FCA claims should fail when the regulations allegedly violated are immaterial to the government’s decision to pay a claim. Where the theory of FCA liability turns on compliance with statutes and regulations in the healthcare context, courts continue to distinguish between regulations that are conditions of participation in the federal healthcare program and regulations that are conditions of payment, holding only violations of the latter can underpin FCA liability. As the Sixth Circuit has explained, violations of condition of participation are best addressed through administrative sanctions, not the “extraordinary remedies” of the FCA.  See U.S. ex rel. Hobbs v. MedQuest Assocs., 711 F.3d 707 (6th Cir. 2013).

Continue Reading FCA Deeper Dive: Materiality and the Government’s Decision To Pay

The Sixth Circuit recently became the first appellate court to consider and reject FCA liability based on a healthcare provider’s alleged false attestation of compliance with the Health Information Technology for Economic and Clinical Health Act (HITECH) Act’s meaningful use objectives. U.S. ex rel. Sheldon v. Kettering Health Network, 2016 WL 861399 (6th Cir. March 7, 2016). The HITECH Act was designed to encourage the adoption of Electronic Health Record (EHR) technology by healthcare providers through the creation of incentive payments for eligible providers.  As a condition of receiving those incentive payments, the HITECH Act requires healthcare providers to meet meaningful use objectives and compliance measures concerning the adoption of EHR technology.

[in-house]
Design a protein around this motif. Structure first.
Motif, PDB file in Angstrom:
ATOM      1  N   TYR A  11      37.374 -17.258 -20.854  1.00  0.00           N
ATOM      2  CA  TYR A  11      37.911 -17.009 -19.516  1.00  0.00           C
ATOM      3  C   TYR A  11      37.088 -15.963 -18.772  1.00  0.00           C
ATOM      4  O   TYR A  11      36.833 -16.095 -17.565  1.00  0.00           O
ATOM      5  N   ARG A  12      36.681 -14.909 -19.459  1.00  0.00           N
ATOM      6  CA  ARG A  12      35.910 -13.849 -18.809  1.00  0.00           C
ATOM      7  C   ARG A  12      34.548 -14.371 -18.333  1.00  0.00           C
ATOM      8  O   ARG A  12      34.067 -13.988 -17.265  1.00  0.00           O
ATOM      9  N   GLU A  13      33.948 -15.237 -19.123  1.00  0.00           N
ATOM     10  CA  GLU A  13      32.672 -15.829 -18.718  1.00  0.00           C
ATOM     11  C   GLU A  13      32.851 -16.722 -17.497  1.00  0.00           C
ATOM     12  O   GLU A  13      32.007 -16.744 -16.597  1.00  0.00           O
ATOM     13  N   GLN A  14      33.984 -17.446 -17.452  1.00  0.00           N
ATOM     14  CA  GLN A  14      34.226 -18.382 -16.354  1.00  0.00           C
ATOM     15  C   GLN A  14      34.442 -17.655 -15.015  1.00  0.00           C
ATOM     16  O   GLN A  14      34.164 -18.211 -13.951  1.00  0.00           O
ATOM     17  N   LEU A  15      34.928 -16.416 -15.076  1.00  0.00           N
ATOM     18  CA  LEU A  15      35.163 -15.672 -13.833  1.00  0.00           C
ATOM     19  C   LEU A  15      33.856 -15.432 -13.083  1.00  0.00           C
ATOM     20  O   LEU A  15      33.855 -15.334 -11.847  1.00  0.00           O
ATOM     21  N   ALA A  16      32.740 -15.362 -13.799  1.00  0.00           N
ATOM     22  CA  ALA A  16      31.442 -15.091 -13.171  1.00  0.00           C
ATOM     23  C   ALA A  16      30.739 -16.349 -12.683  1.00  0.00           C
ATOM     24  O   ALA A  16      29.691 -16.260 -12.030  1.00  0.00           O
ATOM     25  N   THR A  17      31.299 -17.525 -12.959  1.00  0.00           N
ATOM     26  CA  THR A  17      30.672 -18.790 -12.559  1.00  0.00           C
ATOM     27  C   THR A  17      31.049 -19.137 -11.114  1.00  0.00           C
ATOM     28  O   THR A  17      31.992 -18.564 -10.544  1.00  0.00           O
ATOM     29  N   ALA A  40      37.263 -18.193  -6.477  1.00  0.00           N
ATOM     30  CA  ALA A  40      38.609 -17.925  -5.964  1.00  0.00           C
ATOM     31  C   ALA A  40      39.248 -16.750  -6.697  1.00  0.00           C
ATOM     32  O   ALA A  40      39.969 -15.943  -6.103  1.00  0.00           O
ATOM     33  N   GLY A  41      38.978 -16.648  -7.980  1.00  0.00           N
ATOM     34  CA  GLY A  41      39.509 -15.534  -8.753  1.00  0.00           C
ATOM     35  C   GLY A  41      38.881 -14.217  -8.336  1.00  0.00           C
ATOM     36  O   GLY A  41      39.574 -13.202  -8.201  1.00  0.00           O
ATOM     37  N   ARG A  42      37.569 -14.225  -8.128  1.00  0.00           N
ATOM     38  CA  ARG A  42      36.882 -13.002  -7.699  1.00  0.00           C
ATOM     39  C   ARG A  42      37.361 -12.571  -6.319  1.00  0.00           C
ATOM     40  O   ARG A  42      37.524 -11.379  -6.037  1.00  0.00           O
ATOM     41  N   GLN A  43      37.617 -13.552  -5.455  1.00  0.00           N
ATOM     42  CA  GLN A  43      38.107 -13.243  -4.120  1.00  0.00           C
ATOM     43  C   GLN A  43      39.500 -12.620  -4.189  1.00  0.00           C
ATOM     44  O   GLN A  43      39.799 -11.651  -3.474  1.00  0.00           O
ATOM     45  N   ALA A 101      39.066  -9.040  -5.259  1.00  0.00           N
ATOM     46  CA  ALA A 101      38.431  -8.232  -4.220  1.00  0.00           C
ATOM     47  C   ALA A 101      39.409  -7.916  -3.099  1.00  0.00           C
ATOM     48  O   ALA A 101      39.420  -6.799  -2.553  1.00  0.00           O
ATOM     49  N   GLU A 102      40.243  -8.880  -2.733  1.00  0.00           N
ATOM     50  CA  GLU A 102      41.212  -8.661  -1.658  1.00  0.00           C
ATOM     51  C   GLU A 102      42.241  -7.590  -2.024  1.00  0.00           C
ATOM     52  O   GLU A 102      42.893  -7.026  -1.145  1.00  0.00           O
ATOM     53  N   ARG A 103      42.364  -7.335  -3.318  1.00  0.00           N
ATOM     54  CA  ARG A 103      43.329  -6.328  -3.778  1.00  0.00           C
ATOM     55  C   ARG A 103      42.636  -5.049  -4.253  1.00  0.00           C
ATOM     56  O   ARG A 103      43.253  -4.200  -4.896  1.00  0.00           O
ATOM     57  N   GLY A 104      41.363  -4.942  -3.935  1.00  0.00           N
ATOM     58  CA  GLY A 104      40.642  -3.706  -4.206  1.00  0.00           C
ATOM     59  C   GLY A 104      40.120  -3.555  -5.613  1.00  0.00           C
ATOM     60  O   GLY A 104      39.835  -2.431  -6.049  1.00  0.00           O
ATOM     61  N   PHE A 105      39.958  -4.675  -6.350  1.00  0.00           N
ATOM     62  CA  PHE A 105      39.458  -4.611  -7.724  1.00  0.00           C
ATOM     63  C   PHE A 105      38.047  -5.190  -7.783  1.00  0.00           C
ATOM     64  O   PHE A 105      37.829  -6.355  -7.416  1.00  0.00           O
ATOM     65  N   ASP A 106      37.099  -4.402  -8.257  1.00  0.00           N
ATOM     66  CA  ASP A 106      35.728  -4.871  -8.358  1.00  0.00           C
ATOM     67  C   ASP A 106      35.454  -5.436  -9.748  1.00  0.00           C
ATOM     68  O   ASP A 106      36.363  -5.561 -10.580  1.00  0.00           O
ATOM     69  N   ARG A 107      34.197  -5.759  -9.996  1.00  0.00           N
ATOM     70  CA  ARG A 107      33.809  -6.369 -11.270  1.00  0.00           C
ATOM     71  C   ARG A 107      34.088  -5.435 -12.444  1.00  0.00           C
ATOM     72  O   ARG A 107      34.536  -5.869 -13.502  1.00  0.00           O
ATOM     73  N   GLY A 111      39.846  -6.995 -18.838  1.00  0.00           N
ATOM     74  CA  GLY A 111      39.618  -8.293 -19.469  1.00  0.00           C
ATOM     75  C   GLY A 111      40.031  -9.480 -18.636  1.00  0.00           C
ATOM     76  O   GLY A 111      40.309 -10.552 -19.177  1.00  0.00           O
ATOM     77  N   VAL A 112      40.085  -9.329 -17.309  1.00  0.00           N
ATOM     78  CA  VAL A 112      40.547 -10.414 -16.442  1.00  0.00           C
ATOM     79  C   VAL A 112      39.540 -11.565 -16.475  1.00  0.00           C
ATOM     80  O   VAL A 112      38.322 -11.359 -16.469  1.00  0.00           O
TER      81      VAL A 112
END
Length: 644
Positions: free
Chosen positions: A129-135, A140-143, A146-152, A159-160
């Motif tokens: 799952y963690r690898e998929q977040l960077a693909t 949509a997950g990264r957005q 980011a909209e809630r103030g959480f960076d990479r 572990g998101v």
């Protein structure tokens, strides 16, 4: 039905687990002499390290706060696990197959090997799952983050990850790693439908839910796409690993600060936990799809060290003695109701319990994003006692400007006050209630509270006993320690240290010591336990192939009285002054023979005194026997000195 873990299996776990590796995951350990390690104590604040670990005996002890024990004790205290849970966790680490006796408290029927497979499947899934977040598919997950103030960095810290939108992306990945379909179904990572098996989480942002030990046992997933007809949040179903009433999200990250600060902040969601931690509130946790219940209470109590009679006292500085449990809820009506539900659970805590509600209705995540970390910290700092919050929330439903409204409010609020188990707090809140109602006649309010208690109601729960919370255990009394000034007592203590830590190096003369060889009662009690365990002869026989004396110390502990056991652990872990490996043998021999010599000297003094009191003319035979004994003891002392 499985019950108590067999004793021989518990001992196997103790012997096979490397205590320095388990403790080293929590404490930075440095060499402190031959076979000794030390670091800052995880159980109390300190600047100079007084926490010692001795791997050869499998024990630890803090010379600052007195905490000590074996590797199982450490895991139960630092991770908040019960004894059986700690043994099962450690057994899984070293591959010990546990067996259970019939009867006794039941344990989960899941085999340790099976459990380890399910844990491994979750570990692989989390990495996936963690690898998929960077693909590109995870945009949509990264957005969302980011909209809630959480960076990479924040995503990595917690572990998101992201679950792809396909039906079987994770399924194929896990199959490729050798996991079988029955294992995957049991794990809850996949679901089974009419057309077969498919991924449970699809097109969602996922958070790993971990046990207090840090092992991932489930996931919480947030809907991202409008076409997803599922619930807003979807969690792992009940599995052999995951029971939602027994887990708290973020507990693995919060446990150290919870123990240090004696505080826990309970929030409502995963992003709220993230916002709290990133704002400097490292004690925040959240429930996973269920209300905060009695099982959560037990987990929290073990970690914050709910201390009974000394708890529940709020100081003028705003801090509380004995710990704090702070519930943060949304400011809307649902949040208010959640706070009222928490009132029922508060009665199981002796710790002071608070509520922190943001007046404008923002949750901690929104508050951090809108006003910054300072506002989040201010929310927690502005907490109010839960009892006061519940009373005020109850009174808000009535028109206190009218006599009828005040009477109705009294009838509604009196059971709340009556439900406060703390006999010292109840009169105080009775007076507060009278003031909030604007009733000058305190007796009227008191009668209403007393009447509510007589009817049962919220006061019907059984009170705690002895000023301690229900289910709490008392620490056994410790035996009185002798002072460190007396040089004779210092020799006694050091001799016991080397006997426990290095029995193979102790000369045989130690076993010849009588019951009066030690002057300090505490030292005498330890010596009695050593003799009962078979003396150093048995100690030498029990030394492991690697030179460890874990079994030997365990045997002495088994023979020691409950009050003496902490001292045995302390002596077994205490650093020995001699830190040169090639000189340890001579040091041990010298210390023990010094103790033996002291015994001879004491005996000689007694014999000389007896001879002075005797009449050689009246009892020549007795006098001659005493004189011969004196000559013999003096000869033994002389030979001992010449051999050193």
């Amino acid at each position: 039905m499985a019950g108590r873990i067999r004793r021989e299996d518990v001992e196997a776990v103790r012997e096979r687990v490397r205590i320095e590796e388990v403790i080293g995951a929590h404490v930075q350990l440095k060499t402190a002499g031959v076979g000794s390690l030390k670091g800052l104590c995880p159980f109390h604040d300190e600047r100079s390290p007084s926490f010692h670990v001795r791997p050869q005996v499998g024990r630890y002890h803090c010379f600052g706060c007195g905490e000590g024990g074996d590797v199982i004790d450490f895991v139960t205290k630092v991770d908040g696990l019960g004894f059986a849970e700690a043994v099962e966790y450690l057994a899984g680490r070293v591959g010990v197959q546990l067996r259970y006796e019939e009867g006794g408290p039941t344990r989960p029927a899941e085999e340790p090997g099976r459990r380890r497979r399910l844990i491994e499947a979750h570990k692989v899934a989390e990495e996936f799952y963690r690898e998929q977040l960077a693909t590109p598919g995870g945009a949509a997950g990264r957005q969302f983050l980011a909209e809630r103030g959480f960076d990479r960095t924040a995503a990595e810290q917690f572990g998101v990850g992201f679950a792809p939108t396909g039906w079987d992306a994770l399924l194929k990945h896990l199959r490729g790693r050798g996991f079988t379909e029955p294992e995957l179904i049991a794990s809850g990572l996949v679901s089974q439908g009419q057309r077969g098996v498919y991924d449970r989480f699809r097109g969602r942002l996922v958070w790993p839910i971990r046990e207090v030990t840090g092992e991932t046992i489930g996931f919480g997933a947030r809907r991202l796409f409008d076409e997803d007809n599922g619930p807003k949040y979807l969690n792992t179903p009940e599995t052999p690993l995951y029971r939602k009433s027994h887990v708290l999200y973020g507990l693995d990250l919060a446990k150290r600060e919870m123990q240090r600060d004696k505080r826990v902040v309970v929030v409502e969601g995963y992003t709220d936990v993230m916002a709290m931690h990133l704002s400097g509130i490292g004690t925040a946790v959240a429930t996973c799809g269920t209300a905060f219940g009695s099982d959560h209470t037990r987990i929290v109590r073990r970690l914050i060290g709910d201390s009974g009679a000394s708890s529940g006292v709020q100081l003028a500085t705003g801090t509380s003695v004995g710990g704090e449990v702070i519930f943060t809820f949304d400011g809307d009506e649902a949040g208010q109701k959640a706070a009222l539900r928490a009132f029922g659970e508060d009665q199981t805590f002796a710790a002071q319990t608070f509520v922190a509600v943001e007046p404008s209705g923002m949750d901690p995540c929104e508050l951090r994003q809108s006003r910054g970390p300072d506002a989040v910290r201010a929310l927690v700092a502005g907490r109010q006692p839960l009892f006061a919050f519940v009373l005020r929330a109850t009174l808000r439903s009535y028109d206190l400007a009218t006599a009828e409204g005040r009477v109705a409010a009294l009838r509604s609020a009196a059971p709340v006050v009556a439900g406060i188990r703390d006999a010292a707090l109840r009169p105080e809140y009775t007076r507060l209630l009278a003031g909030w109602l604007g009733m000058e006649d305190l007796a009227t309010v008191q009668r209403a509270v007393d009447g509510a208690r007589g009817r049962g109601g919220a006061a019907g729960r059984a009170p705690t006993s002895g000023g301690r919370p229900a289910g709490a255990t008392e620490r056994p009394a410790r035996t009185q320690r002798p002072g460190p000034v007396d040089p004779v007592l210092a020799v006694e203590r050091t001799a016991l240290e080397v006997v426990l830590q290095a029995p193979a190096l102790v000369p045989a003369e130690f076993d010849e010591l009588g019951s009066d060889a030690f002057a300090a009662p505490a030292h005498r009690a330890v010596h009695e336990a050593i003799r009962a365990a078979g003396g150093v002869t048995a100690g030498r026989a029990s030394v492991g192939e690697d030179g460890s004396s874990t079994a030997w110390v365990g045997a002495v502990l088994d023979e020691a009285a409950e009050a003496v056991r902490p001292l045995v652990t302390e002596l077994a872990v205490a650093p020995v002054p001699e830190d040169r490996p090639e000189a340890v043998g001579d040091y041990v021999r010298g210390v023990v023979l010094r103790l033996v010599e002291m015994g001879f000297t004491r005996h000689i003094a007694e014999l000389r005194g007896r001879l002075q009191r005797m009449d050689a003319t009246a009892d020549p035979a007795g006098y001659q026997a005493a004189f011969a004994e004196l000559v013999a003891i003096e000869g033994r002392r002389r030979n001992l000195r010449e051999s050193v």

Continue Reading Sixth Circuit Affirms Dismissal of FCA Action Related to HITECH Meaningful Use Payments

For the first time since August 2011, the Sixth Circuit examined the standard for pleading False Claims Act (FCA) violations with particularity under Federal Rule of Civil Procedure 9(b)—in particular, when the requirement that a relator plead an actual false claim submitted to the government can be “relaxed,” if at all. The case, U.S. ex rel. Eberhard v. Physicians Choice Laboratory Services, LLC (PCLS), No. 15-5691 (6th Cir. Feb. 23, 2016), involved allegations that PCLS, a medical testing services provider, submitted false claims to Medicare and Medicaid as a result of a purported scheme by PCLS to pay kickbacks—in the form of a commission on sales of PCLS products and services—to an independent sales force to induce them to solicit the referral of samples to PCLS for testing, in violation of the Anti-Kickback Statute. The relator, a former sales employee of PCLS, appealed the district court’s dismissal of his complaint for failure to plead any actual false claims submitted to the government with particularity under Rule 9(b), arguing that the district court should have applied a “relaxed” Rule 9(b) standard because of the relator’s purported “personal knowledge” of the false claims.

In affirming the district court’s ruling, the Sixth Circuit explained at the outset that unlike “some circuits hold[ing] that it is sufficient for a plaintiff to allege particular details of a scheme to submit false claims paired with reliable indicia that lead to a strong inference that claims were actually submitted, we have joined the Fourth, Eighth, and Eleventh Circuits in requiring ‘representative samples’ of the alleged fraudulent conduct.” Solely based on the relator’s failure to plead any false claims submitted in connection with the alleged kickback scheme, the Sixth Circuit ruled that the relator could not meet the pleading requirements of Rule 9(b).